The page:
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The Calling: The Private and the Public


I am thrilled that I am able to bring “The Calling” to a new home here at The Future of Freedom Foundation, and equally happy to have my friend Sheldon Richman once again as its editor. For this first column in its new home, I want to look at another example of one of my favorite concerns for modern libertarians: the importance of words, language, and rhetoric — in this case, the use of “private” and “public.”

Conventionally, we (libertarians and others) distinguish between the “private sector” and the “public sector” in referring broadly to the market and the state respectively. The source of this differentiation is that the market involves privately owned property, while the state’s property is said to be under public ownership. Thus the way in which we distinguish the two kinds of ownership spills over into our larger conception of the two sectors.

Whatever the truth and power of this way of framing things, it is misleading about the nature of the market and the state in two important ways. First, is state property really owned by the public? Any meaningful notion of ownership must include some ability to control and direct the use of that property. In fact it is not the public that de facto owns state property. Rather, it is the politicians and bureaucrats who control it. We know that the public’s ability to get the political process to do what it wants is limited because of the disconnect between those wants and the self-interest of the political actors. All the problems described by public choice theory suggest that voters and citizens will have a hard time making political actors do things that are not in those actors’ interest.

By contrast, the nominally “private property” associated with markets might, in some ways, better be seen as owned by “the public.” Who really controls the property and wealth of firms in a competitive market? I would argue it’s the public. We determine their fates through our decisions to spend and not spend in a process often termed “consumer sovereignty.” Unlike the political process, in the market the ultimate customer is able to affect the behavior of those who legally own the property. Firms must make a profit and must therefore respond to consumer demand. It is all of us, in our capacity as consumers, who determine the ownership of resources in the market. That, arguably, is more public than private.

Second, when we compare how firms in the market and state agencies and departments conduct their business, the public-private distinction seems misguided for other reasons. How much do we really know about what government agencies do compared to what we know about firms in the market, especially large, publicly traded corporations like Walmart or Apple? If I want to find out exactly what the CIA or FBI or any number of government agencies do, I will find that their operations are shrouded in secrecy. In other words, they are quite private. Beyond these sorts of agencies, plenty of others operate in relative autonomy, with much that they do mostly shielded from the public. (And we should not neglect the “privately” owned government monopoly that is one of the most secret institutions of all — the Federal Reserve System.)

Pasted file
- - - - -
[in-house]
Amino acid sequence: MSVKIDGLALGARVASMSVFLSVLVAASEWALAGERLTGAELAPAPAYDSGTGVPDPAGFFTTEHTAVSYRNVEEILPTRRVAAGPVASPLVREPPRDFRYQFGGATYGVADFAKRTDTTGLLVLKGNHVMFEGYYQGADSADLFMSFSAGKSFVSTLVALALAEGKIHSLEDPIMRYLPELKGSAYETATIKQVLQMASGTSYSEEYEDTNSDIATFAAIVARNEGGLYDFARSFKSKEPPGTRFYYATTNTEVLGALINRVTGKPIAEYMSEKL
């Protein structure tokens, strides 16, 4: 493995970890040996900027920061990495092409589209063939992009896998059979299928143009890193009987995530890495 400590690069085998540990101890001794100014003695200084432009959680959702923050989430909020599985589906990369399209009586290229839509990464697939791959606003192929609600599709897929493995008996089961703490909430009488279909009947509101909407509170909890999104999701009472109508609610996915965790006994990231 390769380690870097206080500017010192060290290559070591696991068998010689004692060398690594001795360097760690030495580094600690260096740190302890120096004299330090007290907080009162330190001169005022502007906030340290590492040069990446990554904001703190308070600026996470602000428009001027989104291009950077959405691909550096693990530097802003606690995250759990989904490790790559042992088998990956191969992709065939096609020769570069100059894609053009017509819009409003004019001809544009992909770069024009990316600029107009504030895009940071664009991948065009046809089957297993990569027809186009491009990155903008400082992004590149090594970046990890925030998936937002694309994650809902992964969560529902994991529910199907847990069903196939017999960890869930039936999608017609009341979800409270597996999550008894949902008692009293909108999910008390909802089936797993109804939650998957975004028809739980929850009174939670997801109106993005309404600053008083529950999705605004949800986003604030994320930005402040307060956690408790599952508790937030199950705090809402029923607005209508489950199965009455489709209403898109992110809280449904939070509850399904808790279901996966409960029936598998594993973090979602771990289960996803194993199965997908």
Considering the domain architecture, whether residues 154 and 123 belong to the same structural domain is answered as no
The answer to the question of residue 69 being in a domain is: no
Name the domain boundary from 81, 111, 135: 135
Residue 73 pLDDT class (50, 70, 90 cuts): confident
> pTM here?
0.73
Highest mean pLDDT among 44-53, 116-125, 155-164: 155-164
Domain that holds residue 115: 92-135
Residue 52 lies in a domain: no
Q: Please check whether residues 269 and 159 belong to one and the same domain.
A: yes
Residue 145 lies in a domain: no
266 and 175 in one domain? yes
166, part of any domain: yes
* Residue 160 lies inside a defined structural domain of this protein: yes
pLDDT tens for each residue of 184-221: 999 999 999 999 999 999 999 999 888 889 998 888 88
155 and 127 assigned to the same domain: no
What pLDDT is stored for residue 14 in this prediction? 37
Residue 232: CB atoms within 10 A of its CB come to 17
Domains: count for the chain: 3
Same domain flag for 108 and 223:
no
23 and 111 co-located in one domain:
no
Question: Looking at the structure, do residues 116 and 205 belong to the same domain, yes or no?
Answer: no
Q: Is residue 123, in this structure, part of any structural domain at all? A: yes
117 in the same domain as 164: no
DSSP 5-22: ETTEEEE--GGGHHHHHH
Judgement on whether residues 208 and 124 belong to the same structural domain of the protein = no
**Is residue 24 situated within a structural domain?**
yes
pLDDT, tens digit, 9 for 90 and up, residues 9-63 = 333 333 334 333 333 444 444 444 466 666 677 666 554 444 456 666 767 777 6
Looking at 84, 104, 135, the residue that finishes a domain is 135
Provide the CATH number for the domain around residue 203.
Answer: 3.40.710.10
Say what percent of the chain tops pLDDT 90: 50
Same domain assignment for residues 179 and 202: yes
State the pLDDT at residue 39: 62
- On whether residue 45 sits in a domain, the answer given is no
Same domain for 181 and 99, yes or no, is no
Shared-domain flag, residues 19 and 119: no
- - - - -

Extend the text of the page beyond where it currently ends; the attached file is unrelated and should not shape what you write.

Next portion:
Large corporations, on the other hand, issue all kinds of public reports about their behavior. Yes, some of these are required by law, but not all of them are. And were they not required, in a world of instant information, there would be immense competitive pressure on such firms to produce similar information. Those same information processes let people know what those firms are doing even if the firms themselves don’t issue the information. We know far more about Walmart’s goals and day-to-day operations than we will ever know about the CIA or FBI or the U.S. military. In these ways, the supposedly “private” sector is far more public than the supposedly “public” sector.

Although I am not suggesting that we try to flip these terms around, I am suggesting that we should be looking for alternatives to the public-private distinction. And I am suggesting that we should be conscious about articulating the ways that governments are not very public and the ways that firms in the market are not very private.

The very public nature of the information about market firms is one factor that enables the public to be the ones controlling the direction of their resources, and the lack of information about the state is a huge part of what enables everyone but the public to control its resources. Libertarians might do well to emphasize these points more.

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    Steven Horwitz is Charles A. Dana Professor of Economics at St. Lawrence University in Canton, NY and an Affiliated Senior Scholar at the Mercatus Center in Arlington, VA. He is the author of two books, Microfoundations and Macroeconomics: An Austrian Perspective (Routledge, 2000) and Monetary Evolution, Free Banking, and Economic Order (Westview, 1992), and he has written extensively on Austrian economics, Hayekian political economy, monetary theory and history, and the economics and social theory of gender and the family. His work has been published in professional journals such as History of Political Economy, Southern Economic Journal, and The Cambridge Journal of Economics. He has also done public policy research for the Mercatus Center, Heartland Institute, Citizens for a Sound Economy, and the Cato Institute. Horwitz is also a Senior Fellow at the Fraser Institute in Canada and a contributing editor of The Freeman. He has a PhD in Economics from George Mason University and an AB in Economics and Philosophy from The University of Michigan. He is currently working on a book on classical liberalism and the family.